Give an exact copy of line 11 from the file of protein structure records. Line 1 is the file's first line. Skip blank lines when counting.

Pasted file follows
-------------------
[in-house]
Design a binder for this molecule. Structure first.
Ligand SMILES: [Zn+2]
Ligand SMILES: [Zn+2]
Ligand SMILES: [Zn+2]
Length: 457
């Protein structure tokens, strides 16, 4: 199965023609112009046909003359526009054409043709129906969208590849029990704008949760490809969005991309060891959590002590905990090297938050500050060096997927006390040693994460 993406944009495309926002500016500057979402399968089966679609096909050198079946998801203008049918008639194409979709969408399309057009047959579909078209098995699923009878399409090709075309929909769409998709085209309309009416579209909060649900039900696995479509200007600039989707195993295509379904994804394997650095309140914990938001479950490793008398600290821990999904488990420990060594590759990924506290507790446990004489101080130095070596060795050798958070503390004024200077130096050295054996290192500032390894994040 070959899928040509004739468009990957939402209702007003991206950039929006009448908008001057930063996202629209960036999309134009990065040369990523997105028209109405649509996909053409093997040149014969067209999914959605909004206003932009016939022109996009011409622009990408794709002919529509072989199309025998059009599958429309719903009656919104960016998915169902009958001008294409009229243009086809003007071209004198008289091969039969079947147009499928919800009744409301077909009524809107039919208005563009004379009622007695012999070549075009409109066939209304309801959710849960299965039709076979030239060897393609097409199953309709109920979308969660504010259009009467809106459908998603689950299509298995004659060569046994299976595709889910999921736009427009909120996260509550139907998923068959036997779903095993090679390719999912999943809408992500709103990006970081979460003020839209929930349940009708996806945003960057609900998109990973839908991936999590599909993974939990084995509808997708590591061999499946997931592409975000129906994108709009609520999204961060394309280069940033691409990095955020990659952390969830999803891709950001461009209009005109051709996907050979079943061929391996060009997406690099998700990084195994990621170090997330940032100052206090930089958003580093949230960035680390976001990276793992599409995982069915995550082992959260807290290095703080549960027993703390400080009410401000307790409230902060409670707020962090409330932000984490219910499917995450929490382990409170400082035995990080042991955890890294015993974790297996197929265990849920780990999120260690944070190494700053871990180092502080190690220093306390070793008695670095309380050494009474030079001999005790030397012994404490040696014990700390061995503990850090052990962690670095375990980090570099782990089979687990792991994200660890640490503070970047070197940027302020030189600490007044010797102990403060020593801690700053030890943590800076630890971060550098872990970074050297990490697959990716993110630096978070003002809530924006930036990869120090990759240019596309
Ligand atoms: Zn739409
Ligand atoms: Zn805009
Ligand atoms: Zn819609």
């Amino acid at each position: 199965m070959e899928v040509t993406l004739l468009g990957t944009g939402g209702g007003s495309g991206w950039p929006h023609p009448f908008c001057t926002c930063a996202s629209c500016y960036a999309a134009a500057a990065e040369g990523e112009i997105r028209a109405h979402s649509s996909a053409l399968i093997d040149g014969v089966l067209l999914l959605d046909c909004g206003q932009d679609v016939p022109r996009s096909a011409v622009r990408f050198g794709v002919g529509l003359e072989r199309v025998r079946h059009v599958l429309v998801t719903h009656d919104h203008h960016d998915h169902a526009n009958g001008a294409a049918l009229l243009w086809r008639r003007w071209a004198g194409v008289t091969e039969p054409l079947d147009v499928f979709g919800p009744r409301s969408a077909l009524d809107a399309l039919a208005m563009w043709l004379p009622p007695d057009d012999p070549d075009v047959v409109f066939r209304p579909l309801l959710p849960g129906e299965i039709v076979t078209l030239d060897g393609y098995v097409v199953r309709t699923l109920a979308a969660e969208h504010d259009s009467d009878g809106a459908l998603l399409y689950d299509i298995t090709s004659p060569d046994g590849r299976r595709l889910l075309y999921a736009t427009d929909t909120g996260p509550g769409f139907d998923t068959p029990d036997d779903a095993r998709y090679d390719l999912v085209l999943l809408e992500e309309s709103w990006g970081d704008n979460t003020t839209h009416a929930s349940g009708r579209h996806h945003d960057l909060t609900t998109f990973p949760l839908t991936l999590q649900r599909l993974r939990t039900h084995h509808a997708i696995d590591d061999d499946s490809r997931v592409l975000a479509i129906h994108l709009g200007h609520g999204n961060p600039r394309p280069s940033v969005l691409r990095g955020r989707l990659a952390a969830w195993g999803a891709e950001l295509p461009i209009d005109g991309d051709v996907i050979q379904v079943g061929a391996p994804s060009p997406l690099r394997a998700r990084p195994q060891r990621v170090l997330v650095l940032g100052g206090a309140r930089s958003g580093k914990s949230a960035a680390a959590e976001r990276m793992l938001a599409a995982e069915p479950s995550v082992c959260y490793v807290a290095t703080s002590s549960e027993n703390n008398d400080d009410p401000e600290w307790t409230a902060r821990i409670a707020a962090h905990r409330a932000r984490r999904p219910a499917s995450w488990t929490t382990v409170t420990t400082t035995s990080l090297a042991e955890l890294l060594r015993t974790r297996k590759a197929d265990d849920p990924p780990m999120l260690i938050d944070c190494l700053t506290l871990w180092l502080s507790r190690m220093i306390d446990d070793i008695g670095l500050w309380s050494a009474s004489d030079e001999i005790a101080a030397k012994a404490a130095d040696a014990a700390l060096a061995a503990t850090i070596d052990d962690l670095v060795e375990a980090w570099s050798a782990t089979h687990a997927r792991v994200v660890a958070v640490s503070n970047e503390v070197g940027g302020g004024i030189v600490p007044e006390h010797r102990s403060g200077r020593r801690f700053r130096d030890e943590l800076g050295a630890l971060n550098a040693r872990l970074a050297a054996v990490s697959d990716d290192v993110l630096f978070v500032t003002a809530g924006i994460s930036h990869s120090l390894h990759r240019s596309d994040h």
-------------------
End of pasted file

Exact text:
């Amino acid at each position: 199965m070959e899928v040509t993406l004739l468009g990957t944009g939402g209702g007003s495309g991206w950039p929006h023609p009448f908008c001057t926002c930063a996202s629209c500016y960036a999309a134009a500057a990065e040369g990523e112009i997105r028209a109405h979402s649509s996909a053409l399968i093997d040149g014969v089966l067209l999914l959605d046909c909004g206003q932009d679609v016939p022109r996009s096909a011409v622009r990408f050198g794709v002919g529509l003359e072989r199309v025998r079946h059009v599958l429309v998801t719903h009656d919104h203008h960016d998915h169902a526009n009958g001008a294409a049918l009229l243009w086809r008639r003007w071209a004198g194409v008289t091969e039969p054409l079947d147009v499928f979709g919800p009744r409301s969408a077909l009524d809107a399309l039919a208005m563009w043709l004379p009622p007695d057009d012999p070549d075009v047959v409109f066939r209304p579909l309801l959710p849960g129906e299965i039709v076979t078209l030239d060897g393609y098995v097409v199953r309709t699923l109920a979308a969660e969208h504010d259009s009467d009878g809106a459908l998603l399409y689950d299509i298995t090709s004659p060569d046994g590849r299976r595709l889910l075309y999921a736009t427009d929909t909120g996260p509550g769409f139907d998923t068959p029990d036997d779903a095993r998709y090679d390719l999912v085209l999943l809408e992500e309309s709103w990006g970081d704008n979460t003020t839209h009416a929930s349940g009708r579209h996806h945003d960057l909060t609900t998109f990973p949760l839908t991936l999590q649900r599909l993974r939990t039900h084995h509808a997708i696995d590591d061999d499946s490809r997931v592409l975000a479509i129906h994108l709009g200007h609520g999204n961060p600039r394309p280069s940033v969005l691409r990095g955020r989707l990659a952390a969830w195993g999803a891709e950001l295509p461009i209009d005109g991309d051709v996907i050979q379904v079943g061929a391996p994804s060009p997406l690099r394997a998700r990084p195994q060891r990621v170090l997330v650095l940032g100052g206090a309140r930089s958003g580093k914990s949230a960035a680390a959590e976001r990276m793992l938001a599409a995982e069915p479950s995550v082992c959260y490793v807290a290095t703080s002590s549960e027993n703390n008398d400080d009410p401000e600290w307790t409230a902060r821990i409670a707020a962090h905990r409330a932000r984490r999904p219910a499917s995450w488990t929490t382990v409170t420990t400082t035995s990080l090297a042991e955890l890294l060594r015993t974790r297996k590759a197929d265990d849920p990924p780990m999120l260690i938050d944070c190494l700053t506290l871990w180092l502080s507790r190690m220093i306390d446990d070793i008695g670095l500050w309380s050494a009474s004489d030079e001999i005790a101080a030397k012994a404490a130095d040696a014990a700390l060096a061995a503990t850090i070596d052990d962690l670095v060795e375990a980090w570099s050798a782990t089979h687990a997927r792991v994200v660890a958070v640490s503070n970047e503390v070197g940027g302020g004024i030189v600490p007044e006390h010797r102990s403060g200077r020593r801690f700053r130096d030890e943590l800076g050295a630890l971060n550098a040693r872990l970074a050297a054996v990490s697959d990716d290192v993110l630096f978070v500032t003002a809530g924006i994460s930036h990869s120090l390894h990759r240019s596309d994040h």